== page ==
Comment The police threatened the whistleblower with criminal liability in his release, but to whom was the obscure message addressed?

Police secrecy has increased in recent years. Now the new tool in the pack seems to be the threat of criminal liability.

To the police Press releases appeared on Monday in a report issued by the Police Board on Monday. Little was still said about the threat and its nature, but preparedness was reported to continue. Since the threat was reported to have diminished.

On Monday, the Police Board first pointed out that handling the case in public could undermine the ability to protect against the threat.

“In addition, many of the relevant information is unequivocally confidential or secret under the law and its disclosure to the public may result in criminal liability for its disclosures.”

Bulletin of the Police Board 14.2.2022

Sentence electronically in atmosphere deliveries. What exactly did the Police Board mean by criminal liability?

Did it try to block leaks from its own ranks, or was the threat even intended to suggest that journalists who write about it could also be prosecuted for a crime if they find out something and tell the people what it is about?

One reporter after another called the Police Board to ask what the sentence really meant. Prior to calling HS, two other editors had asked about it.

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Soon there was an email refinement.

“The sentence, among other things in the same press release, explains to the media and thus to the public why neither the police units nor the Police Board can reveal precise details about the current situation without sanctions. So we tell you why and on what basis we can’t tell. ”

Sentence and there seems to be a gaping gap between it and the explanation given for it.

It is quite a different matter to say that because of legal secrecy, an authority cannot provide more detailed information than that “handling the matter in public may result in criminal liability for its whistleblower.”

Instead, a sentence fits into the intention of the Police Board in recent years to conceal its activities even more precisely. This has been done with a tightened interpretation of the Public Access to Information Act.

The secret secret has even had sad features. The clearest example is the Police Board’s misinterpretation that belonging to a criminal organization is strictly confidential hobby information, so this information must be removed from the pre-trial investigation material.

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Read more: Concealment of gang members’ names found illegal – Police still seem to continue concealing in private cases of other crime suspects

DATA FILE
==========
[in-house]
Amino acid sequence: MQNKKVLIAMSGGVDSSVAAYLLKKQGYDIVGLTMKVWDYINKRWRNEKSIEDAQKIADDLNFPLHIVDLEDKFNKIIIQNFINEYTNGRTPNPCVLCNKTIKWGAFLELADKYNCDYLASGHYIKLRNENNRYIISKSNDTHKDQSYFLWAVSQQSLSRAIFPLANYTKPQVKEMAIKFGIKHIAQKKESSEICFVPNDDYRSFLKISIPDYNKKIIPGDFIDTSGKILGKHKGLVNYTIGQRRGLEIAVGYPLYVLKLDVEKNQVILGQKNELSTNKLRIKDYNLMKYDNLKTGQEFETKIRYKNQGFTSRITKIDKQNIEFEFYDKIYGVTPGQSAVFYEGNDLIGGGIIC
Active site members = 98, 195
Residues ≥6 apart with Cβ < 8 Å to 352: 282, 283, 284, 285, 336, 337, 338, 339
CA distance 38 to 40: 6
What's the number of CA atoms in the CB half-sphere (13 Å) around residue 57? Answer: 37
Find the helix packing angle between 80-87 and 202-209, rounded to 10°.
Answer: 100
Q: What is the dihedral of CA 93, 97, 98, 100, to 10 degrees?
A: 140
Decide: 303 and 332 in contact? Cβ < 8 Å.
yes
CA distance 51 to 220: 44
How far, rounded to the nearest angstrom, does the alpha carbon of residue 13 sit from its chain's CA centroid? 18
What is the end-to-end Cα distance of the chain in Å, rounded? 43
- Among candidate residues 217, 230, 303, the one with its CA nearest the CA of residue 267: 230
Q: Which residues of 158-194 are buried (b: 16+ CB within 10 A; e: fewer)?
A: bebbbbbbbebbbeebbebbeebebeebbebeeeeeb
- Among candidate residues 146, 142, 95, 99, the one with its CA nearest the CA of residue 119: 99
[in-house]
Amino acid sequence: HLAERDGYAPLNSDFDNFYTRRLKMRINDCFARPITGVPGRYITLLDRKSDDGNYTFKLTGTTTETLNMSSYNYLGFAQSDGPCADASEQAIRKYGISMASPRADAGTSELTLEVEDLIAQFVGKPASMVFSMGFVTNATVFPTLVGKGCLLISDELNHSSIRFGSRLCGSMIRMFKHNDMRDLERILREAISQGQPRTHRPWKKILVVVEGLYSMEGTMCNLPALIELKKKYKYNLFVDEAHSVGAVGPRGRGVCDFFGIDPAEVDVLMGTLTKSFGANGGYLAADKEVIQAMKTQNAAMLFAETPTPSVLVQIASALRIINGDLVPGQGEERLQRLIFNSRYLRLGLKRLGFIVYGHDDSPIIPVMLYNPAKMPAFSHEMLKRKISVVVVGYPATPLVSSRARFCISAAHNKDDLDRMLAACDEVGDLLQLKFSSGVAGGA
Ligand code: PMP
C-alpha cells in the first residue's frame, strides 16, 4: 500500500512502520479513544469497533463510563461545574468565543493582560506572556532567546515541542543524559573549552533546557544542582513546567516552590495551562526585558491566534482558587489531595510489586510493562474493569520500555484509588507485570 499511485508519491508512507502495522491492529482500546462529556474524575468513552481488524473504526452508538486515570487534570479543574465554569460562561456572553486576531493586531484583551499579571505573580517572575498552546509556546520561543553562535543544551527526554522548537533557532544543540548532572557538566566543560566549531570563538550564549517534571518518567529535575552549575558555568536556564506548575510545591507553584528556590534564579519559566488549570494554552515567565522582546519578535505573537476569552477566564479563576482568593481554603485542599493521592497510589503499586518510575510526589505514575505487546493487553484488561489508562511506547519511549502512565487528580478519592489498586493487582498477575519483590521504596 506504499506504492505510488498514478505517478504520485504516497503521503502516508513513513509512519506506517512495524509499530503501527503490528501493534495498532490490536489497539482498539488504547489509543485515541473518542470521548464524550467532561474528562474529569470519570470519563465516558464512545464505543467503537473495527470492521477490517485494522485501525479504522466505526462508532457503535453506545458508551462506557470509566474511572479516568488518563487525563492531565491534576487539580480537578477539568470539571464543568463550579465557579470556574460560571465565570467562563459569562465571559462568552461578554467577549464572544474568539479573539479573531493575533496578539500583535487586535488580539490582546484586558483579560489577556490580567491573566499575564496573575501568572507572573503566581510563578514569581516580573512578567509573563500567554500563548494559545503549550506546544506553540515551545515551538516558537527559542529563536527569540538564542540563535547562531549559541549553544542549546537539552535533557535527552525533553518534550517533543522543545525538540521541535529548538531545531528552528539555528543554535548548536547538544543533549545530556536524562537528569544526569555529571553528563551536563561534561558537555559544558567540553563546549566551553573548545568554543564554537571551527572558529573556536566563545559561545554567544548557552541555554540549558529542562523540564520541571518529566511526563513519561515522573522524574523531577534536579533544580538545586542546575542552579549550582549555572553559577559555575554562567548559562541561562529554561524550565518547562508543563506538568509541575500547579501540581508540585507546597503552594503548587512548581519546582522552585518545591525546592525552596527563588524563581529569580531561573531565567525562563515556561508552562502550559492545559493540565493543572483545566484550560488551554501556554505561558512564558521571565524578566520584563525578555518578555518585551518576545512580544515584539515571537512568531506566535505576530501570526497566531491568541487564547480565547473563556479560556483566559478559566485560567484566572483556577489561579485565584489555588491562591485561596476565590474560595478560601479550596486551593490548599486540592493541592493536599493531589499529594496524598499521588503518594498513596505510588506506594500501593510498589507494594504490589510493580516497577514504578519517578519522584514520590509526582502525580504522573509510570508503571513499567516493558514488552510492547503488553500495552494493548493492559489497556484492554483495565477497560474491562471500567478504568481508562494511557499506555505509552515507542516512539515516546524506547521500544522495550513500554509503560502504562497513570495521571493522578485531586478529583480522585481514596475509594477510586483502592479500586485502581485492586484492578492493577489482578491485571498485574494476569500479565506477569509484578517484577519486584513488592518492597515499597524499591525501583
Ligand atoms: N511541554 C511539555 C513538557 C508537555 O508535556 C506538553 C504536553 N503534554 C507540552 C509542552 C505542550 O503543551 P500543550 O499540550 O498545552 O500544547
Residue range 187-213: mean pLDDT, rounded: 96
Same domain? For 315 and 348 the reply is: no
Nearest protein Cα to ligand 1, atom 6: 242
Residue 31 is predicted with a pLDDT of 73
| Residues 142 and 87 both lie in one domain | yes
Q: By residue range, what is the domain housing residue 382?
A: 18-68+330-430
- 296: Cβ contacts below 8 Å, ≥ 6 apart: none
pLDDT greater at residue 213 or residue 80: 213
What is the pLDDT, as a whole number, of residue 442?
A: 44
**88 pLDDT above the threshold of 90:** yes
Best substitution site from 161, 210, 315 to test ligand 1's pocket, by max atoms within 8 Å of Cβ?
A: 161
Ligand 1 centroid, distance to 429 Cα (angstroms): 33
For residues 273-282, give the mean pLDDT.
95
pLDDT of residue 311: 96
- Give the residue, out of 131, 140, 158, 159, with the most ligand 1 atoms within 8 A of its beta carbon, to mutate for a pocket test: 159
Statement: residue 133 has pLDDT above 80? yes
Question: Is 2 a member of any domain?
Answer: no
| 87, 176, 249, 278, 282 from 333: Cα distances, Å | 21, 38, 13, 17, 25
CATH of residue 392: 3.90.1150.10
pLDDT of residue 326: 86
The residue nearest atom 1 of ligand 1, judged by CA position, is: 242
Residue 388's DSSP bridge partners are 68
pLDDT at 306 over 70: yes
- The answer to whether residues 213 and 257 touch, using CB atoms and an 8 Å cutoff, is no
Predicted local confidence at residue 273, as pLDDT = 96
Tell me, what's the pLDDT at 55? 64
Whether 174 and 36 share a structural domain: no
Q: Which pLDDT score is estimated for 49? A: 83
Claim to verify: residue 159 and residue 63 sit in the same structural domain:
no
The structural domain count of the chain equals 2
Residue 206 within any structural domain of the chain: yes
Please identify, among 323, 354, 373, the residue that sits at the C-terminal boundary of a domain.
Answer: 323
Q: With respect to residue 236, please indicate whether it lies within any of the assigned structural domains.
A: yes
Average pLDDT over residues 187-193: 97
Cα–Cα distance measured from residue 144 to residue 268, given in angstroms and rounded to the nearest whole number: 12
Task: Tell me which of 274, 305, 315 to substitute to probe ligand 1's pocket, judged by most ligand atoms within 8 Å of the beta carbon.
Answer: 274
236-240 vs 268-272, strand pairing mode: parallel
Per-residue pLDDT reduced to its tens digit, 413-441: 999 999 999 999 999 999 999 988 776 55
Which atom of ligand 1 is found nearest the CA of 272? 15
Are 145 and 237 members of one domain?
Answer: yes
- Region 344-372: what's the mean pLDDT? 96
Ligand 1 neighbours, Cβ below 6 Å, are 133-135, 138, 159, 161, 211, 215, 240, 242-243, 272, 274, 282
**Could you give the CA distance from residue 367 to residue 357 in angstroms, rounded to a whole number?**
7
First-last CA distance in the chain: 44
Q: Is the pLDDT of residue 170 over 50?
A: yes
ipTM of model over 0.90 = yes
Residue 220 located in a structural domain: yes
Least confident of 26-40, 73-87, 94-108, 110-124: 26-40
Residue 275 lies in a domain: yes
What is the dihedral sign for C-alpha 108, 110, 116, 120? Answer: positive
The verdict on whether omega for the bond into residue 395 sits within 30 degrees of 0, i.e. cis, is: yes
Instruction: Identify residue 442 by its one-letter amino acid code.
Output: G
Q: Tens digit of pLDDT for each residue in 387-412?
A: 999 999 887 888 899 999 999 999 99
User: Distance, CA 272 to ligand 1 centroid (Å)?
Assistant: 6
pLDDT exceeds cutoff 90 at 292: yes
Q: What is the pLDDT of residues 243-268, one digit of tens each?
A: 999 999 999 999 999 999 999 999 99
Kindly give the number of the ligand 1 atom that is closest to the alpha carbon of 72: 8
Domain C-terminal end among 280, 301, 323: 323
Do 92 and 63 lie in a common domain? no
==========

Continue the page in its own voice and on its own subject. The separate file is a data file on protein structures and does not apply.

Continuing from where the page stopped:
The police the latest tool in secrecy seems to be the threat of criminal liability.

I experienced this myself when I recently lodged an appeal with the administrative court against the decision to conceal the police in Eastern Uusimaa.

This time the complaint was easy to make, as it was known what information the police had concealed. Normally, questioning government encryptions is tricky. On this side of the fence, one cannot know whether there is really a legal reason for concealing the blackened points.

However, the police in Eastern Uusimaa had failed to conceal. The blacked areas were made visible by copying the text and moving it to a Word file. Because the encrypted passages did not appear to contain anything genuinely secret, there was a unique opportunity to argue about publicity along the same lines as the authority.

However, the police in Eastern Uusimaa struck back. In its reply to the Administrative Court, it stated that no confidentiality had been made to the complaint. In any case, it warned against disclosing the information and recalled that there was a penalty for violating confidentiality.

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“In this regard, the Police Department notes that the Publicity Act also obliges Reinboth to keep secret information that the police department has classified, despite his own opinions.”

Well otherwise not obligatory.

The Publicity Act applies to the authorities and does not impose any obligation on third parties to keep information secret.

It is really worrying that the authority, even the police, is hinting at an individual citizen – or a journalist – about this offender without a legal basis for the hint.

The obvious purpose of such pressure is to silence the public debate. The average citizen may not be aware of all the twists and turns of the law but will take it seriously when the authority threatens punishment.

So two suggestions could be made.

One: Police communicate with their own gang only through messages directed at them, not through public bulletins.

Two: Police threaten citizens with punishment only when based on the law.

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